readily keep track of the differences between the modes if the tonic were always called do.
Assistant Professor of Music
Schenectady County Community College
I did a literature review for my master's thesis on syllable systems and
their usefulness in contexts.
There is quite a large disparity in the literature between "do"-based minor/"la" based. After considerable
thought on the subject,and after sifting through the
literature, I have come to believe the following is true:
"la" based is great within the public school realm where you see the students
for a very limited time. There, you are not only teaching syllables as a
means by which one sight-sings, but also as a means of establishing pitch and
key relationships, (i.e.-relative minor...or minor as a key related to "do",
the resting tone for major).
It is quick and does not necessitate verbal explanation...which is very
important when considering the developmental level elementary school students
are in. (Generally, they learn by doing, not through intellectual
In specific musical instances where the composer is clearly not moving to
relative minor, but rather parallel, the "do" minor system allows for more
fluent, uninterrupted sight-singing. It is also a better method when teaching
the difference in modality versus keyality, (ala Gordon). Even in Gordon's
curriculum, (which I have spent 2 years teaching), comparing major v.s minor
is taught using the same resting tone, (from an absolute pitch, such as "C")
, and is implicative of the "do"-minor theory.
Neither system is "the be-all and end-all", and both have problems that can
hinder the speed and fluidity in which one sight-sings. In a pure
Gordon/Kodaly context, the syllables are considered intermediaries and are
meant to be "lost" or "fallen away" as the student becomes more familiar and
comfortable with standard music notation and rules. Sight-singing, therefore,
should not be bogged down by any syllable system in an "on-the-spot"
situation. Again, we're talking about the ideal, and for the most part, not
the reality in which most of us learned or teach.
I hope this didn't confuse you too much. This subject both fascinates me and
frustrates me since I, too, am looking for the best method to expose my
If you have any questions about Gordon, check out his websight, or his
publications from GIA. The writings of Kodaly may also be an avenue to look
Check with Organization of Kodaly Educators OAKE. I believe they will be
able to give you data that supports La based minor. I'm sure you are familiar
with this organization. I am not able to help more now as we are moving. Good
luck. I support the La based minor.
I'm not a professor teaching sightsinging; however, I was, a few years ago,
a music major taking sightsinging.:) For me, it was difficult as first to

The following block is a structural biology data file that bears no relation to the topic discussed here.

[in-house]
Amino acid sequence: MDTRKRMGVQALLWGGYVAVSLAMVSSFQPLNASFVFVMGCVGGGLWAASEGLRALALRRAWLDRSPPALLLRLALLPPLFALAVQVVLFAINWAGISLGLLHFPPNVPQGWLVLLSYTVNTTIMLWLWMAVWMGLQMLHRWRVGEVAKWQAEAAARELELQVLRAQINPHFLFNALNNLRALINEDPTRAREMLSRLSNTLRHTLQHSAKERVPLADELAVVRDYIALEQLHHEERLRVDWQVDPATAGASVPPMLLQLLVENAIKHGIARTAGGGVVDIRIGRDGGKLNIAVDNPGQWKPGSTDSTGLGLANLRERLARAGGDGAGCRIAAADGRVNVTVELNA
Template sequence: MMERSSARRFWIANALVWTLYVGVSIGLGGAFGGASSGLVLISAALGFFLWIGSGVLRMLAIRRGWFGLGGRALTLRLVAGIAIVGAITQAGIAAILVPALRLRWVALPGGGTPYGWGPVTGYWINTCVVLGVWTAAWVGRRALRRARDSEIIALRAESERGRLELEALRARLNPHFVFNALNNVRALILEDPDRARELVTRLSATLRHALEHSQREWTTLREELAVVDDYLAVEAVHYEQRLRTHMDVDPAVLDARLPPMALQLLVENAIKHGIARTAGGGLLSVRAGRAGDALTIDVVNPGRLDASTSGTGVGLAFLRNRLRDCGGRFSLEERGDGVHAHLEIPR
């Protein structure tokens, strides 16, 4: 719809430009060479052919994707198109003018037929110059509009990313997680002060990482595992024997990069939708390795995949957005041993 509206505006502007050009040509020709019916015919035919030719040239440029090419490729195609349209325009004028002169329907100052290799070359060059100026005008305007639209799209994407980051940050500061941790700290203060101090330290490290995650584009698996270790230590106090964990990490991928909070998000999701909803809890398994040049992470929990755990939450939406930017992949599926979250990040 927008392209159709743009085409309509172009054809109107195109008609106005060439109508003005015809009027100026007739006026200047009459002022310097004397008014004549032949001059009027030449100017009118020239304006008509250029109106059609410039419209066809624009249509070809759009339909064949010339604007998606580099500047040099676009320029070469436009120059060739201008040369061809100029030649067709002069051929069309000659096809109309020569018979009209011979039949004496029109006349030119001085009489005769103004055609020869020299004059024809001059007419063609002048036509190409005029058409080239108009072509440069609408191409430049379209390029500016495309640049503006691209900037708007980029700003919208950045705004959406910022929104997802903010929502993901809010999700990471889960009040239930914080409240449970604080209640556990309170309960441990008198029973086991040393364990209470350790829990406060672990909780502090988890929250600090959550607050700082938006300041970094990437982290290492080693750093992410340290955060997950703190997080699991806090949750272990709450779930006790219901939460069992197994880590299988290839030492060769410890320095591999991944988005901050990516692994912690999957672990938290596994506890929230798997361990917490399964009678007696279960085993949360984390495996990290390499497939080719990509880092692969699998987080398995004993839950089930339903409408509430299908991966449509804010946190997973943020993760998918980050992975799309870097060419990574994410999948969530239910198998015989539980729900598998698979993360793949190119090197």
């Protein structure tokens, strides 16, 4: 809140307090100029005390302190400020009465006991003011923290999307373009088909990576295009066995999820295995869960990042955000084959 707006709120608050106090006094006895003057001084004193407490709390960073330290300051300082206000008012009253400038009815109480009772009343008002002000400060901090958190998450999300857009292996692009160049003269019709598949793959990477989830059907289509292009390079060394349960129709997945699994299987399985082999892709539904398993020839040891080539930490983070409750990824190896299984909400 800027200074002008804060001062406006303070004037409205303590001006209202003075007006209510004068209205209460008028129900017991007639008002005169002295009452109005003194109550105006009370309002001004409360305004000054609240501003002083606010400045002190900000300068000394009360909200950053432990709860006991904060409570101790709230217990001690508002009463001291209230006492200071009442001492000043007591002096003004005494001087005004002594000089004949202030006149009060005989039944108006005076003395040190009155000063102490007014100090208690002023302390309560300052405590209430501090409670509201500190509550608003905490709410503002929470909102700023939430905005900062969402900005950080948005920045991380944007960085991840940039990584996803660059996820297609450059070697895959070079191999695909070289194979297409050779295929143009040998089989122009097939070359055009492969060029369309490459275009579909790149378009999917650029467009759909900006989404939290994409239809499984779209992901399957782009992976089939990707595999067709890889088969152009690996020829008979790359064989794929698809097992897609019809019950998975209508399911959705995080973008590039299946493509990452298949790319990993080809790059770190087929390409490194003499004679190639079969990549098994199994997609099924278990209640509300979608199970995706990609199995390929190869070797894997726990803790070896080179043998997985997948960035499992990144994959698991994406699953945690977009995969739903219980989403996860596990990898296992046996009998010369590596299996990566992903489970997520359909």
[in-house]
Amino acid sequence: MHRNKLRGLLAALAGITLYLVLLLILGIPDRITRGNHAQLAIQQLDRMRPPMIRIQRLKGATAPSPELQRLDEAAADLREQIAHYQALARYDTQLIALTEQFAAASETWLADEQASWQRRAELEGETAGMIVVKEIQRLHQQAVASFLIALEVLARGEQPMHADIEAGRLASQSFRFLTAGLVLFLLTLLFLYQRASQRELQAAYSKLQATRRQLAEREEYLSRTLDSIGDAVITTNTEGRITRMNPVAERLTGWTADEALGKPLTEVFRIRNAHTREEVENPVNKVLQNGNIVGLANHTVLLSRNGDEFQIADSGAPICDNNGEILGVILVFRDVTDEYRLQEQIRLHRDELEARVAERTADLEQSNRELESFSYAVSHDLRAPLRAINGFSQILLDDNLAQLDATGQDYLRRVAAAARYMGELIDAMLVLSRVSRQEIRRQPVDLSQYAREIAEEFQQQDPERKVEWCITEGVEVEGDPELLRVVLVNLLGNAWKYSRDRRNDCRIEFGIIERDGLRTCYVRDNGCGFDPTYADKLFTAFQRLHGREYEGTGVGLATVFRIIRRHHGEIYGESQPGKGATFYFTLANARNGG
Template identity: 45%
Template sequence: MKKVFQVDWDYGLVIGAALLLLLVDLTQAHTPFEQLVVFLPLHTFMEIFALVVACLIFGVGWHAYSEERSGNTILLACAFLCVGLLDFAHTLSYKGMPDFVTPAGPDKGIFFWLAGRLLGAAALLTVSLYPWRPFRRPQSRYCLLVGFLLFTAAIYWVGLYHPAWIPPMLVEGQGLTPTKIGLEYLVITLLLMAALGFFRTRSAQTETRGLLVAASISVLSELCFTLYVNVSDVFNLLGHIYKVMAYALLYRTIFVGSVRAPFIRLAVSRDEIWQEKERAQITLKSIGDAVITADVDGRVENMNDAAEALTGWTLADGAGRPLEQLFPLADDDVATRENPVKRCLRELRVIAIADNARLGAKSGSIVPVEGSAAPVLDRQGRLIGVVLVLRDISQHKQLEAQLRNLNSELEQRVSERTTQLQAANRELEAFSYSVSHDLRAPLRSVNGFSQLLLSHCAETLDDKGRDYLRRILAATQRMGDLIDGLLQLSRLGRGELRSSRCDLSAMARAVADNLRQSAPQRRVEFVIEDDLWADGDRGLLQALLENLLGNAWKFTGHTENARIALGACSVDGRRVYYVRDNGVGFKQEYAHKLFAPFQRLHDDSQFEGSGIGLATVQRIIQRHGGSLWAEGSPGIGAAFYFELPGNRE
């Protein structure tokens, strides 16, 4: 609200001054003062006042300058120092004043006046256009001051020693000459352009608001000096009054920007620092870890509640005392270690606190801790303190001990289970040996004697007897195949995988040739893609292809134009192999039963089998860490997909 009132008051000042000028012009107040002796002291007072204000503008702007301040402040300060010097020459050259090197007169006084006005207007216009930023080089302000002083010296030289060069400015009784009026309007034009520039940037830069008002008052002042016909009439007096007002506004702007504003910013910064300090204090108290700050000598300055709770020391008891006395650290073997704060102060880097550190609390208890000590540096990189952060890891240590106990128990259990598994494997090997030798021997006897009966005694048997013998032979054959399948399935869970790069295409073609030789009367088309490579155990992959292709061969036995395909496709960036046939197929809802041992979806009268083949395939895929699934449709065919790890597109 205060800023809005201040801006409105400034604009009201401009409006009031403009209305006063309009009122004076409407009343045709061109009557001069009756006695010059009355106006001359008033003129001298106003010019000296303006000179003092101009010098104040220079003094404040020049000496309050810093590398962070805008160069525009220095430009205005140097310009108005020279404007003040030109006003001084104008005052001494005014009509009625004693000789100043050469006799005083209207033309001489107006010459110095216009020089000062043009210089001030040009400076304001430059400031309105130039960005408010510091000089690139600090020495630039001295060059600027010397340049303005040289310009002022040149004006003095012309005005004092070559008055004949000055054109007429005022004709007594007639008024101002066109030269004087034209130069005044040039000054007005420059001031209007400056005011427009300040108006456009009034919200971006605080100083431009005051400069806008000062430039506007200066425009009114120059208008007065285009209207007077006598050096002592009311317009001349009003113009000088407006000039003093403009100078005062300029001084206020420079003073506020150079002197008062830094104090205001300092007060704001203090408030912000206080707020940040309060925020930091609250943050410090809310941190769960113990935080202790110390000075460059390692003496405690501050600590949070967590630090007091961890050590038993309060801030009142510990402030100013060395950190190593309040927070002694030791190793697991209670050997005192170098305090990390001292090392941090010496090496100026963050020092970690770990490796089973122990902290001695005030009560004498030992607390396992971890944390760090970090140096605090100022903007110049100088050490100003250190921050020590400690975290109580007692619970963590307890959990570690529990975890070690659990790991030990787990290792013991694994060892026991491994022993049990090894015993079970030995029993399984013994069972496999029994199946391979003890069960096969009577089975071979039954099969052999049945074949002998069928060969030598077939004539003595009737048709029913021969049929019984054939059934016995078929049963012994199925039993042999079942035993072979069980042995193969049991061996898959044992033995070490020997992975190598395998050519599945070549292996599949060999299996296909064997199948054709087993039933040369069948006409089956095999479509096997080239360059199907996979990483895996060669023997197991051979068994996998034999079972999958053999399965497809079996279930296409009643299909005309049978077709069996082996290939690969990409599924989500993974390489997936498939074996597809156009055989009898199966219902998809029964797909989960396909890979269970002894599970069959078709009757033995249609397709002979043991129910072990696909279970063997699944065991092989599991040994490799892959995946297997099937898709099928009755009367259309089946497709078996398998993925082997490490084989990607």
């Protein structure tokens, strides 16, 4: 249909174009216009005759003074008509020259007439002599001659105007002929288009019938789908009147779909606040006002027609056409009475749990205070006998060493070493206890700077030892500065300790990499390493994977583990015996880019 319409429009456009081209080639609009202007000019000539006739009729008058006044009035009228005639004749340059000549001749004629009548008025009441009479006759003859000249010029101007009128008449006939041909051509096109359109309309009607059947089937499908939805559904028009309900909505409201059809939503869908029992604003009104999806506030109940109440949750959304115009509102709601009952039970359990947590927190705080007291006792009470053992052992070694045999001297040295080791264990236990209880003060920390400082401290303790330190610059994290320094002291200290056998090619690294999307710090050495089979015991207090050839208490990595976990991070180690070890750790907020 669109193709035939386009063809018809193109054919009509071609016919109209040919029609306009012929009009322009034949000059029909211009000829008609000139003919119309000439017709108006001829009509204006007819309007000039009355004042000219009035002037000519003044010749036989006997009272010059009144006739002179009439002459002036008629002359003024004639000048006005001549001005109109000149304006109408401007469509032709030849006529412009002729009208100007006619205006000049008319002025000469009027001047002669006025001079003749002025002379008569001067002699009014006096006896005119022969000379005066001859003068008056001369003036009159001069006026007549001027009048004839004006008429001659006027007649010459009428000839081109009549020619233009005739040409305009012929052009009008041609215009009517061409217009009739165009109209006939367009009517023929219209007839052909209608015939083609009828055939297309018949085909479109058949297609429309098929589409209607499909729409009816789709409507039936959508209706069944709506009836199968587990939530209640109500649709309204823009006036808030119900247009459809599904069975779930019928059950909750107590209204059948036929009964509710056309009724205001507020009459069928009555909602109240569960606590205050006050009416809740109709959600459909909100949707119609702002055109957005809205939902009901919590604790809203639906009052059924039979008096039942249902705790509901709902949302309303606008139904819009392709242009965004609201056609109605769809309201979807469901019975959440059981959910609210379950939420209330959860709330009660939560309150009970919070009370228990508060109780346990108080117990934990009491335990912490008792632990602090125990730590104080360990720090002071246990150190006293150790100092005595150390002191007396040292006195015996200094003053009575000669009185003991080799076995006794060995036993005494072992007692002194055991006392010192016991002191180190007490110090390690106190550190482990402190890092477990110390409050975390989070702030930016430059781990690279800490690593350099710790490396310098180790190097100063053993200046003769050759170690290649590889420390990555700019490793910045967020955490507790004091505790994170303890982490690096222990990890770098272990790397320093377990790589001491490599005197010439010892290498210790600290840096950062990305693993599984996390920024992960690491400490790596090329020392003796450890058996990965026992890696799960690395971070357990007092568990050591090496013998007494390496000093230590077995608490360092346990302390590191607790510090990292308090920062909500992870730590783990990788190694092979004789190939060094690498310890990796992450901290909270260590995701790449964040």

change mindsets when it came to minor keys; yet, it was learning do-based
major and la-based minor that helped me to relate both major and minor. If
the minor keys are taught using do as the base...where is the relationship?
It does not help the student in sightsinging, nor does it help the student
to understand the theoretical relationship between major and minor.
That's my two cents worth as a prior music major.
I battled this problem for many years as a theory teacher in a
college and area long dominated ( Roman Catholic) by the la moveable-
doists. Some years ago a major rift in the music faculty was avoided when a
newer faculty member with a Julliard background was using fixed do! Heavens
to Betsy1 Guess which forces won the day? Well, I, like everyone used la
moveable do. However, I must add, under protest. I didn't come to Louisiana
from a syllable background, and, at first, tried to foster a democratic
"every man for himself" approach, but the R.C. department head would have
none of that!
Lots of luck.
I have been using sol-feg with the moveable "do" and the "la" based minor
system for many year at the high school level. My students are not music
majors and have little knowledge of some of the advanced theory we strive
to give our students. The "la" based system is less confusing because "do"
remains constant throughout. My students can sing all the scales and
modes, sing triads and inversions, identify chords within the framework of
a scale as to their tonality and can write things down. I spend about 5-7
minutes every day with sight reading which encompasses some theory. One of
my students recently went to Carnegie Melon and auditioned for advanced
theory. The professor asked him if he could sing a minor scale to which
Brad asked, "would you like the melodic, natural, or harmonic minor
scale?" The professor was impressed and moved Brad on.
If the V-I concept is the only reason for moving to a "do" based scale, I
would come up with 10 reasons why one should stay with the "la" based
system, the least of which is less confusion when singing.